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ChicagoQuest promotes game-playing at school

Teachers learning new technology ththey will use with kids starting sep. 6 unique new school thembraces gaming. The Chicago International

Teachers learning new technology that they will use with kids starting sep. 6 in unique new school that embraces gaming. The Chicago International Charter School 1443 n Ogden. Friday, August 26, 2011 | Brian Jackson~Sun-Times

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Updated: November 4, 2011 7:59PM

Games are good.

Failure is fun.

Those may not sound like the tenets of your typical school, but they are the backbone of an unconventional new one opening Tuesday on the northern edge of Cabrini-Green, not far from the posh Old Town neighborhood.

ChicagoQuest Charter School is determined to harness the power of game design and the digital world to ignite learning. After all, game designers helped create the school for sixth- through 12th graders — along with The Institute of Play. Plus, two game designers will be developing ChicagoQuest curriculum alongside teachers all year long.

“We use a lot of games here,” said Sybil Madison-Boyd, ChicagoQuest’s director of education and leadership.

“Our school is trying to implement game-like learning. That means in our curriculum, the kids are going to be given a really complicated problem — we call it a ‘mission’ — that they need to solve or achieve.

“Instead of saying, ‘You need to learn fractions because we’re on page 56 now,’ it’s more like, ‘We need to learn fractions because we have to build this roller coaster.’”

Textbooks? You’ll find most of them downloaded onto the iPads that all 260 students — only sixth- and seventh-graders this year — will receive.

Desks? Look for kids sitting at tables instead.

English, language arts and social studies? Sure, you’ll get them here, but folded into one 75-minute course, or “domain,” called “Being, Space and Place.” Science and math are featured in “The Way Things Work,” while math and writing are covered in a third domain, called “Code Worlds.”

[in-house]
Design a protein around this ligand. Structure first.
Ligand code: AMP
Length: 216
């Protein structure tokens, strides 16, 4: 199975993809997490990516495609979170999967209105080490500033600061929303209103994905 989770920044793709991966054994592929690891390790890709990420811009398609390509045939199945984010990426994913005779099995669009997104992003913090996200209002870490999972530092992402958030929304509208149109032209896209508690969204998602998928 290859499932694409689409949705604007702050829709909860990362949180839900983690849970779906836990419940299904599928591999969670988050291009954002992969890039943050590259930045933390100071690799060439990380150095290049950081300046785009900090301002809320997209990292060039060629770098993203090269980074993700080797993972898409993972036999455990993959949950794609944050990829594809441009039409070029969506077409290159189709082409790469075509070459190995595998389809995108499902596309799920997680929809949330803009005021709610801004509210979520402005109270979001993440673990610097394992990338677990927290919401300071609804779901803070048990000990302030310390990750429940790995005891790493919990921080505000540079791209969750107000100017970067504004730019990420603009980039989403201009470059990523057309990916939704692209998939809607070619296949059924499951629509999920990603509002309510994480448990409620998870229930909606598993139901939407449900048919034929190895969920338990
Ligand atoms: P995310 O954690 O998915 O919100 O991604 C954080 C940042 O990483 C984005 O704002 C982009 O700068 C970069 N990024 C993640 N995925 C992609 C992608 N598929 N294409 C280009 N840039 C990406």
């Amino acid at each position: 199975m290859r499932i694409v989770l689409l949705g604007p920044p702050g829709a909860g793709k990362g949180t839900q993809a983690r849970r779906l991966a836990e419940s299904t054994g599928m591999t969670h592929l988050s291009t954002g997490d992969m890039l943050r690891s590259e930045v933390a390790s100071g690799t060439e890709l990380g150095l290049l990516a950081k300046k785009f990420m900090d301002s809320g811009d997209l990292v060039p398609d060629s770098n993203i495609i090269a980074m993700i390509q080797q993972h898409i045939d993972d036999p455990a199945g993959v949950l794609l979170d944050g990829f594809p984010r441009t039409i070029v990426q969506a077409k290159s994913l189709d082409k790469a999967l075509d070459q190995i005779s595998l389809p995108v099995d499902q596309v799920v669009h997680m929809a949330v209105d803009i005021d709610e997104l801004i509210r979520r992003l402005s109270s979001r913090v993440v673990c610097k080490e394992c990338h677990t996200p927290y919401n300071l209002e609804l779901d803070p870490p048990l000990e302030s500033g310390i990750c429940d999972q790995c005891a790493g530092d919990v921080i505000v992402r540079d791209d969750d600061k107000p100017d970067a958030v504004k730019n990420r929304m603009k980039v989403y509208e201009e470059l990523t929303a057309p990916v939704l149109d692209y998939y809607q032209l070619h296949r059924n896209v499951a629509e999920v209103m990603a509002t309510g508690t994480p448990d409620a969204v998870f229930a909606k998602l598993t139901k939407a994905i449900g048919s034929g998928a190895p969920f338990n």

A key foundational course is “Sports for the Mind,” in which kids will learn game design and the sophisticated “systems thinking” that underlies it. By the end of the course, they’ll create their own video games.

ChicagoQuest, located in the old Truth Elementary building at Ogden and Clybourn, is among six new charter campuses and two newly built school buildings to open Tuesday.

Its $8.4 million in renovations include a unique “SMALLab.” This “Situated Multimedia Arts Learning Lab” uses a video projector to project an image representing a problem onto the floor, allowing kids to literally walk through and amid the problem as they try to figure it out. Experts call the technique “embodied learning.”

During a training session with an Arizona State professor who founded SMALLab Learning, ChicagoQuest teachers were confronted with a projected “scenario” aimed at teaching how bacteria spreads.

Initially, all teachers knew was that they had to save 14 villagers, each represented by a circle projected onto the floor, by using a controller to drag villagers to a circle of water or another of medicine.

Eventually, teachers realized they had contaminated the water by dragging a sick villager to it — but only after they killed off the whole village.

Even so, ChicagoQuest curriculum specialist John Buzzard declared: “The failure was fun. Part of our philosophy is it’s OK to fail. We want kids to have a go, jump in, have it go wrong and try again.”

Solving the bacterial “scenario” required “systems thinking,’’ or deciphering how the parts of the scenario fit together, as well as teamwork and time management. Those are three “21st century skills” that showed significant gains among students at ChicagoQuest’s New York City counterpart, called Quest to Learn, said Katie Selan, the founder of both Quest schools as well as the Institute of Play.

“We are not trying to graduate great test takers,’’ Salen said, although she notes that Quest to Learn seventh-graders are outscoring New York City averages on traditional reading and math test measures. “We are trying to graduate kids who are adaptable and flexible problem solvers and have ideas to contribute to the world.’’

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